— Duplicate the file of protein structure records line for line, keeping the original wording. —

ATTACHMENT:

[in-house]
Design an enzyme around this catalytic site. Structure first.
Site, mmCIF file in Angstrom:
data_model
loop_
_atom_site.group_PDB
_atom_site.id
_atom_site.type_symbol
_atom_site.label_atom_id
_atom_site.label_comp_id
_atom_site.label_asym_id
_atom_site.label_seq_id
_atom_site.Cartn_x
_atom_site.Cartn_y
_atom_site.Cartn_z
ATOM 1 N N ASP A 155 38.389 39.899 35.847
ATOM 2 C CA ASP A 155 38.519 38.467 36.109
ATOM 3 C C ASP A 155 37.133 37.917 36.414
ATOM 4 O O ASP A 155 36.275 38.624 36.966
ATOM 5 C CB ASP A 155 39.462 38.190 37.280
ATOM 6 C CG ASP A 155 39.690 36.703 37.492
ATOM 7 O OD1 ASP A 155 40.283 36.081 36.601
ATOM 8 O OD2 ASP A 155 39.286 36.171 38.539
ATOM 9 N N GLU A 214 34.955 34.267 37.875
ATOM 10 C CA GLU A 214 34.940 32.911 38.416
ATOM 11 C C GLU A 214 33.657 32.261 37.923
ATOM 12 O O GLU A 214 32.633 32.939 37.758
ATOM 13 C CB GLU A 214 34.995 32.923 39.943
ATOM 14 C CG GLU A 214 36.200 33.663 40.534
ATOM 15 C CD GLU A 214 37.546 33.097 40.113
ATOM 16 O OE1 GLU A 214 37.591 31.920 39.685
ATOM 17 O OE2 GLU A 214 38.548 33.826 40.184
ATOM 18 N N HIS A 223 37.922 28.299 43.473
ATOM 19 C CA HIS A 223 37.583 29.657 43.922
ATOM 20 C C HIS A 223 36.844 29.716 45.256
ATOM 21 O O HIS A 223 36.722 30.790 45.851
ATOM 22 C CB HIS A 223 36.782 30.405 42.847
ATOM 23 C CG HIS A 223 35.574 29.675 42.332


[in-house]
Design an enzyme around this catalytic site. Structure first.
Site, mmCIF file in Angstrom:
data_model
loop_
_atom_site.group_PDB
_atom_site.id
_atom_site.type_symbol
_atom_site.label_atom_id
_atom_site.label_comp_id
_atom_site.label_asym_id
_atom_site.label_seq_id
_atom_site.Cartn_x
_atom_site.Cartn_y
_atom_site.Cartn_z
ATOM 1 N N ASP A 155 38.389 39.899 35.847
ATOM 2 C CA ASP A 155 38.519 38.467 36.109
ATOM 3 C C ASP A 155 37.133 37.917 36.414
ATOM 4 O O ASP A 155 36.275 38.624 36.966
ATOM 5 C CB ASP A 155 39.462 38.190 37.280
ATOM 6 C CG ASP A 155 39.690 36.703 37.492
ATOM 7 O OD1 ASP A 155 40.283 36.081 36.601
ATOM 8 O OD2 ASP A 155 39.286 36.171 38.539
ATOM 9 N N GLU A 214 34.955 34.267 37.875
ATOM 10 C CA GLU A 214 34.940 32.911 38.416
ATOM 11 C C GLU A 214 33.657 32.261 37.923
ATOM 12 O O GLU A 214 32.633 32.939 37.758
ATOM 13 C CB GLU A 214 34.995 32.923 39.943
ATOM 14 C CG GLU A 214 36.200 33.663 40.534
ATOM 15 C CD GLU A 214 37.546 33.097 40.113
ATOM 16 O OE1 GLU A 214 37.591 31.920 39.685
ATOM 17 O OE2 GLU A 214 38.548 33.826 40.184
ATOM 18 N N HIS A 223 37.922 28.299 43.473
ATOM 19 C CA HIS A 223 37.583 29.657 43.922
ATOM 20 C C HIS A 223 36.844 29.716 45.256
ATOM 21 O O HIS A 223 36.722 30.790 45.851
ATOM 22 C CB HIS A 223 36.782 30.405 42.847
ATOM 23 C CG HIS A 223 35.574 29.675 42.332